Shallow Oil in Northern Appalachian Basin: Evidence for Early Cretaceous Uplift from Fission Track Analysis
Ian R. Duddy, Donald S. Miller
Apatite fission track data from Devonian and Carboniferous sandstones of eastern New York and Pennsylvania (e.g., Catskills, Anthracite belt) imply rapid cooling, presumably associated with significant uplift, in the Early Cretaceous (about 135 Ma). Maximum burial temperatures are unknown; however, temperatures immediately prior to uplift were greater than 130°C, and limited zircon data suggest temperatures did not exceed 200°C. In western New York and Pennsylvania, the data are similarly consistent with abrupt Early Cretaceous cooling, but from maximum temperatures not exceeding 105°C.
New apatite data from subsurface samples from western New York allow us to calculate a minimum geothermal gradient of approximately 22°C/km, before the Early Cretaceous uplift. This calculation is compatible with shallow (200-600 m) Upper Devonian oil fields of the area, which have temperatures between 110° and 120°C in the Cretaceous, the Oriskany gas field at 140°C, Medina gas field at 150°C, and Trenton gas field at 170°C. These temperatures are compatible with oil- and gas-generation temperatures in other basins, and they provide a check for analysis. This minimum thermal gradient further implies that about 4 km of section must have been eroded from the region of these oil fields.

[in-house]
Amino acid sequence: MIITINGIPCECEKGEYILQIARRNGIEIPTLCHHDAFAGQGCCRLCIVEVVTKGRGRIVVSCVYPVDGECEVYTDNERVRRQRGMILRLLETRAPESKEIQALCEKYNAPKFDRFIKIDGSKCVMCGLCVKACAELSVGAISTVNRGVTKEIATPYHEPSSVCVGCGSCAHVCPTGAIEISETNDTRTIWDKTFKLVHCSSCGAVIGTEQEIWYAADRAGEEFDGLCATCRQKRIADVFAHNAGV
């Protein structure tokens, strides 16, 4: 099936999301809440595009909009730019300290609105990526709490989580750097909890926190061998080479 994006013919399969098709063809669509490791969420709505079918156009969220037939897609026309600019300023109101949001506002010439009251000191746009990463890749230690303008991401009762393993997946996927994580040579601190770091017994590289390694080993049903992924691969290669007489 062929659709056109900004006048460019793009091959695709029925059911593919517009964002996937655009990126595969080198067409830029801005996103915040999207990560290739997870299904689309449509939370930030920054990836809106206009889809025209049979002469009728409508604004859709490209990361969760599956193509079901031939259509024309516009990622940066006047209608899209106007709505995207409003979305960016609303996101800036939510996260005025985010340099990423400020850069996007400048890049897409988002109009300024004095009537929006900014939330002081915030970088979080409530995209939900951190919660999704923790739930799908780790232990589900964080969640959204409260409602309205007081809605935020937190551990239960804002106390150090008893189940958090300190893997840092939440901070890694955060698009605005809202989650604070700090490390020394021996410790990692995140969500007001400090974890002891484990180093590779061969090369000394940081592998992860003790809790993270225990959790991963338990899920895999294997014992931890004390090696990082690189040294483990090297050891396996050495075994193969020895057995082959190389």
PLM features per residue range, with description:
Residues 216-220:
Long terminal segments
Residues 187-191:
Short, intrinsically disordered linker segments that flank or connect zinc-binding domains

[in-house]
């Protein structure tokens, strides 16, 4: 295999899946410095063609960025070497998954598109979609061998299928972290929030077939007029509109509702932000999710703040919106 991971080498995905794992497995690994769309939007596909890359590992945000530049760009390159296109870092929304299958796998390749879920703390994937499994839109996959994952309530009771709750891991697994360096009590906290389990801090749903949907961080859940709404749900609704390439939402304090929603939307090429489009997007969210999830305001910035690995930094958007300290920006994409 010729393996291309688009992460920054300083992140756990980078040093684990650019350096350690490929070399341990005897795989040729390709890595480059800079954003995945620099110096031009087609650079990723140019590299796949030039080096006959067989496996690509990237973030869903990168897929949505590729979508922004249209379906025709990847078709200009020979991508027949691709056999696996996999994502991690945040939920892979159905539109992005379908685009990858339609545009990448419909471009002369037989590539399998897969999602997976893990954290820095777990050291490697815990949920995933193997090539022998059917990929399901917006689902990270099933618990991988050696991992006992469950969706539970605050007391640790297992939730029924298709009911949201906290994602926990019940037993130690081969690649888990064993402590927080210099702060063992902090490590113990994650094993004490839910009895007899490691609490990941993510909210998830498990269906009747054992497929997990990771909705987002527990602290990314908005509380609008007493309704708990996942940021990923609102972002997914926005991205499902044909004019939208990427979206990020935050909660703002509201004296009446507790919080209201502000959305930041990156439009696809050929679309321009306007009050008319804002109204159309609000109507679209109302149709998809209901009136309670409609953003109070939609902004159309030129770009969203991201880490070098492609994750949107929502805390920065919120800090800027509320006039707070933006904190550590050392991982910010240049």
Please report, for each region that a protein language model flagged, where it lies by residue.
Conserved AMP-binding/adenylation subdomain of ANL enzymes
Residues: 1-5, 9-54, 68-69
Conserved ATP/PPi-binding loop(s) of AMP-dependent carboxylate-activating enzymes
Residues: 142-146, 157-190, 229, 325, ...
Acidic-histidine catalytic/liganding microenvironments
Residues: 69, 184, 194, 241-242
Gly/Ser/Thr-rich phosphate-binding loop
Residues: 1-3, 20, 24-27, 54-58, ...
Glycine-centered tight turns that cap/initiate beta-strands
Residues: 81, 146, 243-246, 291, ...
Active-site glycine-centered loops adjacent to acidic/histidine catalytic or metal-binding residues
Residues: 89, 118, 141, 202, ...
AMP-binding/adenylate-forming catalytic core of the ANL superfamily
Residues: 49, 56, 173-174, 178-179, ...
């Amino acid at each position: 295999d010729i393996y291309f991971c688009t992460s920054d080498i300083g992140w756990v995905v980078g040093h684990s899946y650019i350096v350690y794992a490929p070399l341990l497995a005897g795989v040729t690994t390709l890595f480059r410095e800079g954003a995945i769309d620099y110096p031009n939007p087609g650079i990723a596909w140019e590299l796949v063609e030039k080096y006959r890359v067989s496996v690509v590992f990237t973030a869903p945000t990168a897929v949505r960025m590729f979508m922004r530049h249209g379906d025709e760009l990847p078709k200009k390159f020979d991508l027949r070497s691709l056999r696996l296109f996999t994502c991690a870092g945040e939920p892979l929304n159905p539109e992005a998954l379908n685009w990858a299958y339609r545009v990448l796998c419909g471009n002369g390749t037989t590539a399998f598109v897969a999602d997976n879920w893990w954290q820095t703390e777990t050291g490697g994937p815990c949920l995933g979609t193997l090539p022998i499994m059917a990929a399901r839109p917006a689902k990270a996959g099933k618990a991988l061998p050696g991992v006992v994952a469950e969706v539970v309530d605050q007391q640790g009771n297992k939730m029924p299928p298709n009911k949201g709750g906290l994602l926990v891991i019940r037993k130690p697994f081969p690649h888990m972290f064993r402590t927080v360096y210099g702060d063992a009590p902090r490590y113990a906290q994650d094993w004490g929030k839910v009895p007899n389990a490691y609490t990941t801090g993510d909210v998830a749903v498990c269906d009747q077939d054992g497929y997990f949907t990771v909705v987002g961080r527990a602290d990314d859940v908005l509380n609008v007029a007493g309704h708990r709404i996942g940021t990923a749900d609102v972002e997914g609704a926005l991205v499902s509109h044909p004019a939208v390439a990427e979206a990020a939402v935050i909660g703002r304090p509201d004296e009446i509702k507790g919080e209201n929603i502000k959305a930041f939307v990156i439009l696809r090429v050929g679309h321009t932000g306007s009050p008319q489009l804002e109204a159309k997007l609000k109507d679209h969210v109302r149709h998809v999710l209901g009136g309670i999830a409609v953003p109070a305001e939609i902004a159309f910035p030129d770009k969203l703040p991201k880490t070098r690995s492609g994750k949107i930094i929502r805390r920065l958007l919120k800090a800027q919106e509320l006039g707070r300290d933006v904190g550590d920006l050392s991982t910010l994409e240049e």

Thus, the fission track data suggest that oil fields between 200 and 600 m deep in the Upper Devonian sequences of southwestern New York and northeastern Pennsylvania contain fossil oil, which was generated prior to rapid cooling associated with significant regional uplift of the northern Appalachian basin during the Early Cretaceous.
AAPG Search and Discovery Article #91043©1986 AAPG Annual Convention, Atlanta, Georgia, June 15-18, 1986.